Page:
What is Heritage in the Prince George Context?
Prince George, B.C. – It has been 9 years since the Heritage Register was created and four sites in Prince George were named to that register. Over the last year, the Heritage Commission has been looking at what other properties might be added to that register.
The four sites on the register are:
- 6th Avenue Liquor Store
- South Fort George School House
- Federal Government Building on 3rd Avenue.
- Nechako Crossing.
A previous report identified some 400 sites in Prince George which could be included.
Prince George’s Heritage Registry won’t look like that of other communities, but that doesn’t mean the sites don’t have heritage value . Under the standards and guidelines for the Conservation of Historic Places in Canada, a building may have “aesthetic, historic, scientific, cultural, social, or spiritual importance or significance for past, present, and future generations.”
Heritage BC says “A single place may have more than one heritage value. It may be valued for different reasons by different communities of people.”
Having a property on the register doesn’t mean the City can prevent development on that site, but a City could have some input to encourage features which make the site special be maintained.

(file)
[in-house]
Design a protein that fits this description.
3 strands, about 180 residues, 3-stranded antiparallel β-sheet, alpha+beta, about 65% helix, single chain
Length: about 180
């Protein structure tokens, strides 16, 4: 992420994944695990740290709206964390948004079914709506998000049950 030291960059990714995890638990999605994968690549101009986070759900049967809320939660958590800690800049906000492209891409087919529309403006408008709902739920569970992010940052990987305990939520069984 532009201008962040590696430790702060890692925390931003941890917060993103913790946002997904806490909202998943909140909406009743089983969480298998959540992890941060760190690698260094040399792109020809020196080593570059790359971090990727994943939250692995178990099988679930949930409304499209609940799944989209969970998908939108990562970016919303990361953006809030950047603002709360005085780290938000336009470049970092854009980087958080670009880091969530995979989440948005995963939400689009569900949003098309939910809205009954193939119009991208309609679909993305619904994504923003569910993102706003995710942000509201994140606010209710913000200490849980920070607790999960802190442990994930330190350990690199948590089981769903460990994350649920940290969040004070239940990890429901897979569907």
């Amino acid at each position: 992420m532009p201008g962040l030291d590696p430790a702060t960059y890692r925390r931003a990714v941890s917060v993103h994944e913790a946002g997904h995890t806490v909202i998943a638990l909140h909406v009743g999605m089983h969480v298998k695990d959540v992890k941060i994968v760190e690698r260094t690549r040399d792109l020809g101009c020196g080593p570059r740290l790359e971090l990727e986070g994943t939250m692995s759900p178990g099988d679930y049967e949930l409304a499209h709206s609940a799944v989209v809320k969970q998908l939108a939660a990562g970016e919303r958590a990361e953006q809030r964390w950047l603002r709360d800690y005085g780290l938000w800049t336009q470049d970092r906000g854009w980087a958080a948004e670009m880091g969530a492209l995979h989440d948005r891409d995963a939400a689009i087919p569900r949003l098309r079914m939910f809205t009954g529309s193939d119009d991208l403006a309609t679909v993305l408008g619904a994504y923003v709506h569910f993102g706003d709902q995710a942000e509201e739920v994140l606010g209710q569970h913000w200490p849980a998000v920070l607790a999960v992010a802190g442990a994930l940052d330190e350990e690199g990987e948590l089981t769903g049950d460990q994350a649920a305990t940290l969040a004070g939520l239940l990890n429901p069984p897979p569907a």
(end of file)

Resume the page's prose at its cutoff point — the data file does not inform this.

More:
Although a property owner doesn’t have to be consulted before the property is named a Heritage site, the Heritage Commission fully intends to gain consent from the owners of such properties before the site is added. There are 20 top priority sites under consideration, many of them in the downtown core. The Commission is now working with Downtown Prince George to encourage Heritage improvement to the sites.
But there needs to be more information for property owners, to explain what a Heritage Register means, and how it might impact those properties. It can be a positive for the owners, as the property could be :
- Eligible for “Alternative Compliance Methods” in the B.C. Building Code
- Be eligible for Heritage BC grants or future incentives the City may develop
- Statement of Significance (SOS) provides ideas for design
- Public recognition: plaques, signs & walking tour routes
Council has approved directing Planning and Development staff to create an Administrative Procedure in order to manage the City’s Heritage Register.
I have a Neighbour that has a tree in front of her house on City Property , that has grown so big its destroying her property and the City street with its roots, she was told nothing can be done about it as its a Heritage Tree???
Told by whom?
Why is it a heritage tree? For instance:
1. planted by a famous person
2. dedicated for a special event/date
3. a specific species of tree which, along with others, lines the whole street.
BTW, unless it is properly registered it really cannot be a “heritage” tree.
This whole issue is so long overdue it is really a tragedy. The Commission has been sitting on its behind for years.
They also have gotten no support from any of the Councils. This one may be making some headway. It will be interesting to see whether it will.
Comments for this article are closed.